It's all to do with a special class of amino acids, known as sulfurs, that are primarily found in protein-rich foods, such as meat, dairy, nuts and soy products.
A diet low in the amino acids increases longevity and health, at least according to animal studies—and the average American eats nearly three times the amount of sulfurs that the body actually needs.
Researchers from Penn State College of Medicine wanted to discover the impact of the amino acids on people, and so tracked the diets and biomarkers of more than 11,000 healthy participants. The average consumption of the amino acids was two-and-a-half times higher than the recommended daily allowance of just 15mg per kilo of body weight—and those eating the largest amounts also had the most biomarkers for heart disease.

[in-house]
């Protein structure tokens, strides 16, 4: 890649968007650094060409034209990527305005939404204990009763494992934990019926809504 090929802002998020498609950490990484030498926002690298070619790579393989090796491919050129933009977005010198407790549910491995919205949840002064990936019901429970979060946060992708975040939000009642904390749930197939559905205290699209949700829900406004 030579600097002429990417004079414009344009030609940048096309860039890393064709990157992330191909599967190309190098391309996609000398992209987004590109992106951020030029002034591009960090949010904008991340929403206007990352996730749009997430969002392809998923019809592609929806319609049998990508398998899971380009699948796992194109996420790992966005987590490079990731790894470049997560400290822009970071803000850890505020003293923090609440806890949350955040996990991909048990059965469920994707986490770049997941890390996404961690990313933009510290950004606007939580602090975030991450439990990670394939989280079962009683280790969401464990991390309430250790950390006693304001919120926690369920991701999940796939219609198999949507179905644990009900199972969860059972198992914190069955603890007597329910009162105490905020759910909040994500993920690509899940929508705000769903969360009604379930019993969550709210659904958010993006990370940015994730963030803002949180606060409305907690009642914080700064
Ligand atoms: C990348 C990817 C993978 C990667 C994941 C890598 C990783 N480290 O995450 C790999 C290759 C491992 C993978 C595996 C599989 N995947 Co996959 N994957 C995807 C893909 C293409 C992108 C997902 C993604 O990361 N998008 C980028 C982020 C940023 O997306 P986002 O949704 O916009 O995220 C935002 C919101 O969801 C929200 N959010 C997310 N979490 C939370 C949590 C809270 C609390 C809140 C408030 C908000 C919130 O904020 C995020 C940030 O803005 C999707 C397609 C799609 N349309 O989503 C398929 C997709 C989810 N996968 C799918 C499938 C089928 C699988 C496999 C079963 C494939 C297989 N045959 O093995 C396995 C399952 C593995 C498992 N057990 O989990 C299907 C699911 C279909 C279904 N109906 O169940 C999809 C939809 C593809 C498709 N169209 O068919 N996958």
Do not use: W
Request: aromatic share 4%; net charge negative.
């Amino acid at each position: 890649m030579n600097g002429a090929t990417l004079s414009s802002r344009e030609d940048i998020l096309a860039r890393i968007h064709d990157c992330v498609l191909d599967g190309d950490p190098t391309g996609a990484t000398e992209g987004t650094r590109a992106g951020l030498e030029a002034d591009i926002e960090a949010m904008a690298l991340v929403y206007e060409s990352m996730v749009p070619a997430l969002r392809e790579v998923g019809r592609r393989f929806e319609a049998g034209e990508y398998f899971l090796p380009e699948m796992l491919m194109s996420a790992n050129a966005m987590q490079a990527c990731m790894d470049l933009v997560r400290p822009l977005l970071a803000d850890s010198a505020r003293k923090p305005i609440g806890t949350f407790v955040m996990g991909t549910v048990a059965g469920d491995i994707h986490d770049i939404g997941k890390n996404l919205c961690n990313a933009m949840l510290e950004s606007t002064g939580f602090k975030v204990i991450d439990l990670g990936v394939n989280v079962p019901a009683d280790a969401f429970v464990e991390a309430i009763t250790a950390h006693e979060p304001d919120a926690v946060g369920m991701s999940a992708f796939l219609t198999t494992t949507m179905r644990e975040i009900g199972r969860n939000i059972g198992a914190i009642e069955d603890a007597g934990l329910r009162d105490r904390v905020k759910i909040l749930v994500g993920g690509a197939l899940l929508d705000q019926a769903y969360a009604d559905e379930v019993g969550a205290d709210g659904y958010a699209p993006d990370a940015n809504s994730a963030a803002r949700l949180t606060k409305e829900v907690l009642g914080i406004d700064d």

Conversely, those who ate less of the amino acids had fewer biological markers for heart and also other chronic diseases.
Foods that are low in the acids include grains, vegetables and fruits. A diet for someone who weighs 132 pounds (60 kilos)—which means they could safely eat 900mg of the amino acids every day—could include a slice of bread, half an avocado, an egg, a half-cup of raw cabbage, six cherry tomatoes, two ounces of chicken breast, a cup of brown rice, three-quarters of a cup of zucchini (courgette), three tablespoons of butter, a cup of spinach, an apple, an eight-inch pizza and a tablespoon of almonds.